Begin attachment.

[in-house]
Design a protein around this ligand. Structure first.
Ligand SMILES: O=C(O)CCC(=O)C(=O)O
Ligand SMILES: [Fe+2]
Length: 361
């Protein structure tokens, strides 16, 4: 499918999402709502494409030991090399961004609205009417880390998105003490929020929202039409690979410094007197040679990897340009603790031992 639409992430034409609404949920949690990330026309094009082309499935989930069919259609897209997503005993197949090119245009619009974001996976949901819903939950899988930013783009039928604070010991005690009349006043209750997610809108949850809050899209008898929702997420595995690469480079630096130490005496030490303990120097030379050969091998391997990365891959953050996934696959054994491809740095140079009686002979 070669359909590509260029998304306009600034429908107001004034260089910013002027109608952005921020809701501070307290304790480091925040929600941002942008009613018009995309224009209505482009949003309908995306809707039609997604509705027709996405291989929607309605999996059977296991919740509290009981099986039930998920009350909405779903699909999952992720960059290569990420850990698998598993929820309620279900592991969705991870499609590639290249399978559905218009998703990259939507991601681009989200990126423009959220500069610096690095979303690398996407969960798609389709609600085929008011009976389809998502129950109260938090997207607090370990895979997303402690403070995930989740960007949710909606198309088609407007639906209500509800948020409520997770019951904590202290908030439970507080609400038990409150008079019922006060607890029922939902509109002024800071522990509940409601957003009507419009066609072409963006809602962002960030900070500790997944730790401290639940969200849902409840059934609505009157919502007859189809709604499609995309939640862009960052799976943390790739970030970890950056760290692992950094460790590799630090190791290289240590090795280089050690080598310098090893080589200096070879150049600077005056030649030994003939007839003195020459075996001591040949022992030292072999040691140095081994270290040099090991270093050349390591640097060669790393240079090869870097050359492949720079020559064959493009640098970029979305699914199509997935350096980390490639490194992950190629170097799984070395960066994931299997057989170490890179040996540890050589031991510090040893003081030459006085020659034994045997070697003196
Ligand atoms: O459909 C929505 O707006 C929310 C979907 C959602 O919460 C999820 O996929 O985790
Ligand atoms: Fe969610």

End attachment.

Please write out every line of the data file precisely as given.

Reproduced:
[in-house]
Design a protein around this ligand. Structure first.
Ligand SMILES: O=C(O)CCC(=O)C(=O)O
Ligand SMILES: [Fe+2]
Length: 361
């Protein structure tokens, strides 16, 4: 499918999402709502494409030991090399961004609205009417880390998105003490929020929202039409690979410094007197040679990897340009603790031992 639409992430034409609404949920949690990330026309094009082309499935989930069919259609897209997503005993197949090119245009619009974001996976949901819903939950899988930013783009039928604070010991005690009349006043209750997610809108949850809050899209008898929702997420595995690469480079630096130490005496030490303990120097030379050969091998391997990365891959953050996934696959054994491809740095140079009686002979 070669359909590509260029998304306009600034429908107001004034260089910013002027109608952005921020809701501070307290304790480091925040929600941002942008009613018009995309224009209505482009949003309908995306809707039609997604509705027709996405291989929607309605999996059977296991919740509290009981099986039930998920009350909405779903699909999952992720960059290569990420850990698998598993929820309620279900592991969705991870499609590639290249399978559905218009998703990259939507991601681009989200990126423009959220500069610096690095979303690398996407969960798609389709609600085929008011009976389809998502129950109260938090997207607090370990895979997303402690403070995930989740960007949710909606198309088609407007639906209500509800948020409520997770019951904590202290908030439970507080609400038990409150008079019922006060607890029922939902509109002024800071522990509940409601957003009507419009066609072409963006809602962002960030900070500790997944730790401290639940969200849902409840059934609505009157919502007859189809709604499609995309939640862009960052799976943390790739970030970890950056760290692992950094460790590799630090190791290289240590090795280089050690080598310098090893080589200096070879150049600077005056030649030994003939007839003195020459075996001591040949022992030292072999040691140095081994270290040099090991270093050349390591640097060669790393240079090869870097050359492949720079020559064959493009640098970029979305699914199509997935350096980390490639490194992950190629170097799984070395960066994931299997057989170490890179040996540890050589031991510090040893003081030459006085020659034994045997070697003196
Ligand atoms: O459909 C929505 O707006 C929310 C979907 C959602 O919460 C999820 O996929 O985790
Ligand atoms: Fe969610």